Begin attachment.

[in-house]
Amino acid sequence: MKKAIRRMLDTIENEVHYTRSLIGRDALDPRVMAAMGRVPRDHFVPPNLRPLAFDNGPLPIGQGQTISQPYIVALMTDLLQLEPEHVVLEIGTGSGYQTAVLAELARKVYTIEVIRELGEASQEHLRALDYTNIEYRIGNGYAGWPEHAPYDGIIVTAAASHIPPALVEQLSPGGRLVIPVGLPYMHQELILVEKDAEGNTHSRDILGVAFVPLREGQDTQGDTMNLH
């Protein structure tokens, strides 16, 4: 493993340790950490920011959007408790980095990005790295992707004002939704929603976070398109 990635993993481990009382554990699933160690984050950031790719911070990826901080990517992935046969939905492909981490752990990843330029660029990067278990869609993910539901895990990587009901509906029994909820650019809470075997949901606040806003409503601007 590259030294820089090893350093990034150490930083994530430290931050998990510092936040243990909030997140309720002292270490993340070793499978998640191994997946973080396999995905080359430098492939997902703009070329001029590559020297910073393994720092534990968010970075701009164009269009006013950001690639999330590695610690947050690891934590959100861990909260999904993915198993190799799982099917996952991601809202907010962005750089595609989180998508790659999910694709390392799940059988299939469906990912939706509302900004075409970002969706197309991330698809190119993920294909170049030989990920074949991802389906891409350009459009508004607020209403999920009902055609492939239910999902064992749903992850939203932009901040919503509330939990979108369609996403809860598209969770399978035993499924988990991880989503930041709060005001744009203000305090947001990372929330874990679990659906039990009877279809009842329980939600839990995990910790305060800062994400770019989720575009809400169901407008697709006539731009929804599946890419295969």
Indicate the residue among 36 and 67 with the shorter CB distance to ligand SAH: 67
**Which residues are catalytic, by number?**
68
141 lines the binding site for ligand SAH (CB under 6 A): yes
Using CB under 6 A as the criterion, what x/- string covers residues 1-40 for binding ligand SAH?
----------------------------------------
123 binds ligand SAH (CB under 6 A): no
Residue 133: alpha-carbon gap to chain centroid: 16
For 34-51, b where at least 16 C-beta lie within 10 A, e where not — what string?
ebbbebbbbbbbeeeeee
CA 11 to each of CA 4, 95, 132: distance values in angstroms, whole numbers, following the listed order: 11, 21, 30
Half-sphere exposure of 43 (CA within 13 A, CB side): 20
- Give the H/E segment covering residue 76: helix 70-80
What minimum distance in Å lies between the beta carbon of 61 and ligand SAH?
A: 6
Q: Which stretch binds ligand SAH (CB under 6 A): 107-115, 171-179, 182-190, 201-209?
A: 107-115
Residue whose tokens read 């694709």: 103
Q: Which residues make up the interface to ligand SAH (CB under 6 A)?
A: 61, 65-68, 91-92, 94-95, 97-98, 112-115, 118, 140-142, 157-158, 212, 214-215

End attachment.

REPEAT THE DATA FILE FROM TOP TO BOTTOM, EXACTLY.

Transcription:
[in-house]
Amino acid sequence: MKKAIRRMLDTIENEVHYTRSLIGRDALDPRVMAAMGRVPRDHFVPPNLRPLAFDNGPLPIGQGQTISQPYIVALMTDLLQLEPEHVVLEIGTGSGYQTAVLAELARKVYTIEVIRELGEASQEHLRALDYTNIEYRIGNGYAGWPEHAPYDGIIVTAAASHIPPALVEQLSPGGRLVIPVGLPYMHQELILVEKDAEGNTHSRDILGVAFVPLREGQDTQGDTMNLH
């Protein structure tokens, strides 16, 4: 493993340790950490920011959007408790980095990005790295992707004002939704929603976070398109 990635993993481990009382554990699933160690984050950031790719911070990826901080990517992935046969939905492909981490752990990843330029660029990067278990869609993910539901895990990587009901509906029994909820650019809470075997949901606040806003409503601007 590259030294820089090893350093990034150490930083994530430290931050998990510092936040243990909030997140309720002292270490993340070793499978998640191994997946973080396999995905080359430098492939997902703009070329001029590559020297910073393994720092534990968010970075701009164009269009006013950001690639999330590695610690947050690891934590959100861990909260999904993915198993190799799982099917996952991601809202907010962005750089595609989180998508790659999910694709390392799940059988299939469906990912939706509302900004075409970002969706197309991330698809190119993920294909170049030989990920074949991802389906891409350009459009508004607020209403999920009902055609492939239910999902064992749903992850939203932009901040919503509330939990979108369609996403809860598209969770399978035993499924988990991880989503930041709060005001744009203000305090947001990372929330874990679990659906039990009877279809009842329980939600839990995990910790305060800062994400770019989720575009809400169901407008697709006539731009929804599946890419295969």
Indicate the residue among 36 and 67 with the shorter CB distance to ligand SAH: 67
**Which residues are catalytic, by number?**
68
141 lines the binding site for ligand SAH (CB under 6 A): yes
Using CB under 6 A as the criterion, what x/- string covers residues 1-40 for binding ligand SAH?
----------------------------------------
123 binds ligand SAH (CB under 6 A): no
Residue 133: alpha-carbon gap to chain centroid: 16
For 34-51, b where at least 16 C-beta lie within 10 A, e where not — what string?
ebbbebbbbbbbeeeeee
CA 11 to each of CA 4, 95, 132: distance values in angstroms, whole numbers, following the listed order: 11, 21, 30
Half-sphere exposure of 43 (CA within 13 A, CB side): 20
- Give the H/E segment covering residue 76: helix 70-80
What minimum distance in Å lies between the beta carbon of 61 and ligand SAH?
A: 6
Q: Which stretch binds ligand SAH (CB under 6 A): 107-115, 171-179, 182-190, 201-209?
A: 107-115
Residue whose tokens read 């694709």: 103
Q: Which residues make up the interface to ligand SAH (CB under 6 A)?
A: 61, 65-68, 91-92, 94-95, 97-98, 112-115, 118, 140-142, 157-158, 212, 214-215